Aside from religion, race, class and gender are probably three of the biggest divisive factors in the world, and the older I get the more these fascinate me as I see how much they influence our society and culture. I’ve read quite a bit on class, and I’m trying to educate myself a lot more on the race and gender issues, learning more all the time, so I was interested to see what this had to say. It’s strange as the font and the lay out of this book has the look of a workbook which would have been Aside from religion, race, class and gender are probably three of the biggest divisive factors in the world, and the older I get the more these fascinate me as I see how much they influence our society and culture. I’ve read quite a bit on class, and I’m trying to educate myself a lot more on the race and gender issues, learning more all the time, so I was interested to see what this had to say. It’s strange as the font and the lay out of this book has the look of a workbook which would have been handed out in school classrooms back in the 80s or 90s. There certainly won’t be any prizes for the art work, which is passable at best, but that’s not the point, the content more than does its job and we touch upon all the big guns, the likes of Emmeline Pankhurst, Virginia Woolf, Simone de Beauvoir through to more contemporary voices like Germaine Greer and Naomi Wolf and many more movers and shakers who have done significant work throughout the three waves of feminism. I have to say that the part about Oprah standing up for woman feeling secure in their own bodies etc had me laughing…pick up any copy of the Oprah magazine, (what sort of egotistic person not only names a magazine after themselves, but insists on being on the cover of every issue too?...) Anyway you look at the images in her magazine and how much touching up and er outright deceit is practised in her image cultivation as well as all the other hyper-consumerist nonsense in there. It doesn’t seem very feminist to me, that’s just egotistical capitalist greed. Anyway, sorry for the rant, but I did enjoy this, it came up with a lot of names and books to follow up on later, which is what a good introduction should do, oh and I learned a new term "coverture" so there we go...yippeeeee!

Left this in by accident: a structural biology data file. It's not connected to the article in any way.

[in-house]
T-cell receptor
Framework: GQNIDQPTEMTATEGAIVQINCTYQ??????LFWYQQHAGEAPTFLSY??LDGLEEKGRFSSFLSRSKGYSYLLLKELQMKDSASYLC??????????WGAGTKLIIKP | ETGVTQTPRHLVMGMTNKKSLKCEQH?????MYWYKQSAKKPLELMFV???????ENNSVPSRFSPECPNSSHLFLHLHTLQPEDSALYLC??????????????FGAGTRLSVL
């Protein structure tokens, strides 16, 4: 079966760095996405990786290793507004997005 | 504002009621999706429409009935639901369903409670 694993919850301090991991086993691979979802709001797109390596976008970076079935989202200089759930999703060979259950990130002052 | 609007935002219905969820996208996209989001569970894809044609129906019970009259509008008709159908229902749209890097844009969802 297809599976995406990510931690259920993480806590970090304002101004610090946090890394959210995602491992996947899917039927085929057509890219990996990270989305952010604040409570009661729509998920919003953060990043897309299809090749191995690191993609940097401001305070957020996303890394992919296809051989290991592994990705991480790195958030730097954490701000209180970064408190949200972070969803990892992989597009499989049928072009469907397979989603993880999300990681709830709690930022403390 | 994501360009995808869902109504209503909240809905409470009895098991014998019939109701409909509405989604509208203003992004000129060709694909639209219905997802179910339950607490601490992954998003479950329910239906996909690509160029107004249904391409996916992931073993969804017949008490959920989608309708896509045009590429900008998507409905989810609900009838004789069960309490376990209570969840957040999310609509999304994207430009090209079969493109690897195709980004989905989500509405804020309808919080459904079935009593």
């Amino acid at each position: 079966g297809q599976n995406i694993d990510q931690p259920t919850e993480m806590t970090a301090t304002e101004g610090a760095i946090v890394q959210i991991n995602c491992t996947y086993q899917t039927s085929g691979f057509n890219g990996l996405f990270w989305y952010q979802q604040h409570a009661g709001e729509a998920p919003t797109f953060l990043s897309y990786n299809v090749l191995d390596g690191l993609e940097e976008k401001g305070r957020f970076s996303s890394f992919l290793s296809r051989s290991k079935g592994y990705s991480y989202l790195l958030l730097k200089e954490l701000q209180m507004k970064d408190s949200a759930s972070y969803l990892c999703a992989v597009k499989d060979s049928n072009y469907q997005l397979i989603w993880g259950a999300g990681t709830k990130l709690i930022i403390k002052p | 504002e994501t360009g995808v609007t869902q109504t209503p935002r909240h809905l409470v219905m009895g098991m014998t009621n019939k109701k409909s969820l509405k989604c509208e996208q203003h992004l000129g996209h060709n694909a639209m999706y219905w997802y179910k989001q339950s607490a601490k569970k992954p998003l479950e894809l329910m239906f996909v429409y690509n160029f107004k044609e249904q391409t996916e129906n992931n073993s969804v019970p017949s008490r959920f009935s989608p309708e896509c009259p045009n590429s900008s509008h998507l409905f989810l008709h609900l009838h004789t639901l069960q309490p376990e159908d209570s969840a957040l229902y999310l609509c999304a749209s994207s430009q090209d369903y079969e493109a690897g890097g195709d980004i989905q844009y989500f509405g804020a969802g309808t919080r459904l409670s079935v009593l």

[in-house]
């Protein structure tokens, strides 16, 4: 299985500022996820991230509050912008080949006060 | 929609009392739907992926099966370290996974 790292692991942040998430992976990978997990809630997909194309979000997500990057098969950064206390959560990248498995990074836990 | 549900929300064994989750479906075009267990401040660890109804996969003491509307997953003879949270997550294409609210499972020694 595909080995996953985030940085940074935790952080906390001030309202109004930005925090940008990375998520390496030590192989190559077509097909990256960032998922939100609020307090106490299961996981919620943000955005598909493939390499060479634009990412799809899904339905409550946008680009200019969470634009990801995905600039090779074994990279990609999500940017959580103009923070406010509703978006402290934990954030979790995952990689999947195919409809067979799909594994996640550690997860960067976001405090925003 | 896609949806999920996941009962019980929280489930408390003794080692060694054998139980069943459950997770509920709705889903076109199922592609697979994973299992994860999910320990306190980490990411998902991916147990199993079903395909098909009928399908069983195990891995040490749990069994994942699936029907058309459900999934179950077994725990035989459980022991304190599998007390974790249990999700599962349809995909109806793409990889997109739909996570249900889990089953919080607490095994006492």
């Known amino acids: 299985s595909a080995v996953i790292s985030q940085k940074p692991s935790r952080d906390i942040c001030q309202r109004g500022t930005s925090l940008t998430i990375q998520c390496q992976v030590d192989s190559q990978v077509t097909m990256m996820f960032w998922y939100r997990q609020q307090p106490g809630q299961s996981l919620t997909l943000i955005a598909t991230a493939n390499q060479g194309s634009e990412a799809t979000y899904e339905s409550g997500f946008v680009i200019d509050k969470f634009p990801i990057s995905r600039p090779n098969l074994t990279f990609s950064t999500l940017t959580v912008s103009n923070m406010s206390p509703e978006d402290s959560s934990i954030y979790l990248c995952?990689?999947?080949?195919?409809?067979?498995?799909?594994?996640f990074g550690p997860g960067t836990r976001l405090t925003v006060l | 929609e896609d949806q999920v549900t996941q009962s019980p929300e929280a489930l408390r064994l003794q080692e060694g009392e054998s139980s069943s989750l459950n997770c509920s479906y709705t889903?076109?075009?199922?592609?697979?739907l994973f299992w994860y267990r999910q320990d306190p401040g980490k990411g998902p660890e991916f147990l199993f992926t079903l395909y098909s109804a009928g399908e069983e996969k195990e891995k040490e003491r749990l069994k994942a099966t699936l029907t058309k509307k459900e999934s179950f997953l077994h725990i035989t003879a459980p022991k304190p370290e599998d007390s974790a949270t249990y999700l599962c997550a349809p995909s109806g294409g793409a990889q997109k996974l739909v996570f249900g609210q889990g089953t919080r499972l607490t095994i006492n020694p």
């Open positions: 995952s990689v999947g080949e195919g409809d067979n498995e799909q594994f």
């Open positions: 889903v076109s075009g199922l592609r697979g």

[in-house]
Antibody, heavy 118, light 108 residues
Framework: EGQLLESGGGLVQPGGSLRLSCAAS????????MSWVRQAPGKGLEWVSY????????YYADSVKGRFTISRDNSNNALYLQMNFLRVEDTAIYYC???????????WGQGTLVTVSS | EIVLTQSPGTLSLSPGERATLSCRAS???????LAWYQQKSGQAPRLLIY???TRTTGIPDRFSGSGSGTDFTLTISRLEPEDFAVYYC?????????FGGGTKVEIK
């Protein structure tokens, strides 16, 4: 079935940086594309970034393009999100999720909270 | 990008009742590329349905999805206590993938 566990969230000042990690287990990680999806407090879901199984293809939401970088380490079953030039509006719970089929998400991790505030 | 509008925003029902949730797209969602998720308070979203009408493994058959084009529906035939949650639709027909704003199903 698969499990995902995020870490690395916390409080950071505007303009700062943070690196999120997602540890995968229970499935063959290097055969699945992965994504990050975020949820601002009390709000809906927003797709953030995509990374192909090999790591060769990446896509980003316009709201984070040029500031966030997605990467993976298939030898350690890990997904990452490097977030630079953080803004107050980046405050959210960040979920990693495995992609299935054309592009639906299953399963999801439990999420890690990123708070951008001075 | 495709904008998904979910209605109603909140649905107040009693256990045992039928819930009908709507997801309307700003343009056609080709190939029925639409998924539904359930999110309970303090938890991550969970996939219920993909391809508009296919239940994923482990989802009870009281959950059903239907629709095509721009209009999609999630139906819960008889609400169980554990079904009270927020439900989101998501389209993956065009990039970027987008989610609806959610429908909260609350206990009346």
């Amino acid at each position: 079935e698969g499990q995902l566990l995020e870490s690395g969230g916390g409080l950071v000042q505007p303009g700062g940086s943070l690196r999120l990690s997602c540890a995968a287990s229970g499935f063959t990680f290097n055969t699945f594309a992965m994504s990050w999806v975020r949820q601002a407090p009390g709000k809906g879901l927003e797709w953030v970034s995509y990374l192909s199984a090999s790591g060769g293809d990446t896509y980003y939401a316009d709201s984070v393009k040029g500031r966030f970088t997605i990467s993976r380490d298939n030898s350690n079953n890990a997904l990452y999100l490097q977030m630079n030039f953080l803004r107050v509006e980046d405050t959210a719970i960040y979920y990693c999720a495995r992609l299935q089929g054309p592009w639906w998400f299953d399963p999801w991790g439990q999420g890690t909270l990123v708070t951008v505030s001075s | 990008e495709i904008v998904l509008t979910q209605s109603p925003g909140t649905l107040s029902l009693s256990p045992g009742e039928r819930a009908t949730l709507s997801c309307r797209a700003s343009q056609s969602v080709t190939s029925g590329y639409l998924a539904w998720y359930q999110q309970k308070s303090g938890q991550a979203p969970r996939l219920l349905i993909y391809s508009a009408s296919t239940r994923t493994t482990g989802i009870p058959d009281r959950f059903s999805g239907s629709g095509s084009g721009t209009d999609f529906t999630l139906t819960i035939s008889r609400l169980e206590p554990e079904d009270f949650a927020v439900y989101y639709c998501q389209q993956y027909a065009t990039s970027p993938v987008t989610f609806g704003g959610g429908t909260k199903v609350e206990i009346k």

5. 5 out of 5

    Shoshana Frank

    Very interesting history and perspective on feminism.

  6. 5 out of 5

    Anda